Estonia, inhabited at least since the 1st century AD. C., has lived a large part of its history under the control of other peoples and countries. Thus, the first invaders were the Vikings, in the ninth century d. C., and, until the arrival of the Germans at the end of century XII, Estonia was victim of several Swedish, Danish and Russian incursions. German rule began in 1180, with the arrival of Christian monks in the region of Livonia (southern Estonia and Latvia), with the purpose of spreading the Christian faith in a peaceful way. But, from 1198, this Christianization started to be made by crusades, making that, in 1219, Germany already dominated the whole country, being noteworthy that the North and the islands in the Baltic Sea were dominated jointly with the kingdom of Denmark through an alliance between the two parties (in 1343-45).
In the 16th century, more precisely in 1561, Livonia came to be dominated by Lithuania (which had united with Poland), while Russian Tsar Ivan IV, the Terrible, had conquered, in 1558, the Narva region, in the center from the country. In that same year, the kingdom of Sweden conquered the North of Estonia, extending its dominion to the whole country after expelling the Russians in 1581 and defeating the Lithuanians in 1629. Russia, after centuries of failed attempts, finally managed to conquer Estonia. In 1709 he took over Livonia, forcing the Swedes to give up the remaining territories in 1721.
At the end of the 19th century, Estonia experienced a period of prosperity thanks to Russia’s land privatization policy that favored Estonian farmers. This prosperity, however, allowed the overwhelming majority of the population to invest in their cultural formation, which opened the door to the birth of a nationalist spirit. This conjuncture provoked an intensification of the domination of Russia through the definitive establishment of the Russian political-administrative framework in Estonia. However, instability arose with the Russian Revolution of January 1905, and on November 27 the National Liberal Party (NLP) was founded, founded by Jaan Tônisson. But only after the Russian Revolution of March 1917 did Estonia secure its autonomy, its first government being appointed by the Estonian National Council (Maapäev), on 12 October, led by Konstantin Päts (one of the inspirers of NLP), a government that would be replaced, a month later, by the communists following a coup d’état supported by Russia. February 1918 was marked by the German invasion, which caused the Communists to flee, which Maapäev used to declare independence, which happened on the 24th, a renewed declaration on the day of German capitulation (11 November 1918). However, Estonia had to endure a new Russian invasion, repelled completely in late February 1919 thanks to the aid of the Allies.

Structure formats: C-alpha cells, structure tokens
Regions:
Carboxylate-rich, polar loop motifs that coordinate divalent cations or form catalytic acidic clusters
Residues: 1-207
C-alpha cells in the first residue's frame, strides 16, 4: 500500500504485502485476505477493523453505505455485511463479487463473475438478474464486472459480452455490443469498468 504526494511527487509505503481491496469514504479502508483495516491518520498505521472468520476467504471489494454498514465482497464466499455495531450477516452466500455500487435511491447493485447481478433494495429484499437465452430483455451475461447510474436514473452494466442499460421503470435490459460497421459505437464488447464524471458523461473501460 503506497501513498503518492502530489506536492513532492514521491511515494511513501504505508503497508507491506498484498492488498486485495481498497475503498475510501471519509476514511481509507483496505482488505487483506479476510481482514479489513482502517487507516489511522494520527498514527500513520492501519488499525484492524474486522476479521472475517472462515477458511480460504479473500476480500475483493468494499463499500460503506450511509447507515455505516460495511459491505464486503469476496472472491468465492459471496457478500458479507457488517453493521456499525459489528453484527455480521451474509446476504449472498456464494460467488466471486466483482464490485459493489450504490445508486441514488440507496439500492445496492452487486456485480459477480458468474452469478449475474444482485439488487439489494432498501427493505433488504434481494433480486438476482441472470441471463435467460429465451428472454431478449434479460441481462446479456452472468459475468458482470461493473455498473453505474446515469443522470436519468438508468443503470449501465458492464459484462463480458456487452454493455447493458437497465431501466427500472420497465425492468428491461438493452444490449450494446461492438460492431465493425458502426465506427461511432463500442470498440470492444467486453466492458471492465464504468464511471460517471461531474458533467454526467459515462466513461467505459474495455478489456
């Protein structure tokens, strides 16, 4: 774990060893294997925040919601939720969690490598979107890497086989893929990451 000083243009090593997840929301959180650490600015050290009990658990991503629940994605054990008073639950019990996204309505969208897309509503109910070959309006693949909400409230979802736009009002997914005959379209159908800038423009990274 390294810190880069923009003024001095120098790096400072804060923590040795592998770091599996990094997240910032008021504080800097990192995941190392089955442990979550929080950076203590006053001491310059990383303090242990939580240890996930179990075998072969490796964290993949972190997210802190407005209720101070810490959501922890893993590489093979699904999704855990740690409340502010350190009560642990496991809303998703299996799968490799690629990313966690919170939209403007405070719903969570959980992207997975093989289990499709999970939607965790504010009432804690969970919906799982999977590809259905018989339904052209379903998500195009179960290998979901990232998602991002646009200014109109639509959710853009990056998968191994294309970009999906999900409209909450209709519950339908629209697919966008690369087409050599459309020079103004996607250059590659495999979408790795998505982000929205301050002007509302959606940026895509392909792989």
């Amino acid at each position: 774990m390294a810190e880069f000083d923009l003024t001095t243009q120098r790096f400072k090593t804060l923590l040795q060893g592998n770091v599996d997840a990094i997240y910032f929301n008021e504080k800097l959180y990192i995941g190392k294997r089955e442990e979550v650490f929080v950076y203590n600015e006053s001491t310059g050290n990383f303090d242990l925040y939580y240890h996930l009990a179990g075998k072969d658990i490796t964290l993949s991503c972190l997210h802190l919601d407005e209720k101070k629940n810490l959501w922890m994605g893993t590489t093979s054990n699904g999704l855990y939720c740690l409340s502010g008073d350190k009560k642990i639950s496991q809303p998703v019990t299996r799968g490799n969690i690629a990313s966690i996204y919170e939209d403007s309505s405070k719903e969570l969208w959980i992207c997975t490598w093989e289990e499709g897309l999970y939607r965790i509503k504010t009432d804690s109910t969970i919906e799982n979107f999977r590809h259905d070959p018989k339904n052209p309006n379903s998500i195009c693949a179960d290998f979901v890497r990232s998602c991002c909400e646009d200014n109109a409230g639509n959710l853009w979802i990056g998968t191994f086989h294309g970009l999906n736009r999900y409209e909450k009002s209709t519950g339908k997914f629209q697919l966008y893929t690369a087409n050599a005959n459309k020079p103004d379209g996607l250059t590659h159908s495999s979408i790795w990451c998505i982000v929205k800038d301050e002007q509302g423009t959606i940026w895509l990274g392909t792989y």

For 20 years, Estonia survived the pro-Soviet communist conspiracies, but the signing, in August 1939, of the Non-Aggression Pact between the USSR and Germany proved to be fateful for Estonia’s independence. On September 28, the USSR imposed the signing of a mutual assistance treaty, the fulfillment of which served as a pretext for the Soviet invasion on June 17, 1940, and Estonia’s entry into the Union of Soviet Socialist Republics was made official on July 21 of that year. This statute only became effective, however, on September 22, 1944, after three years of German military presence.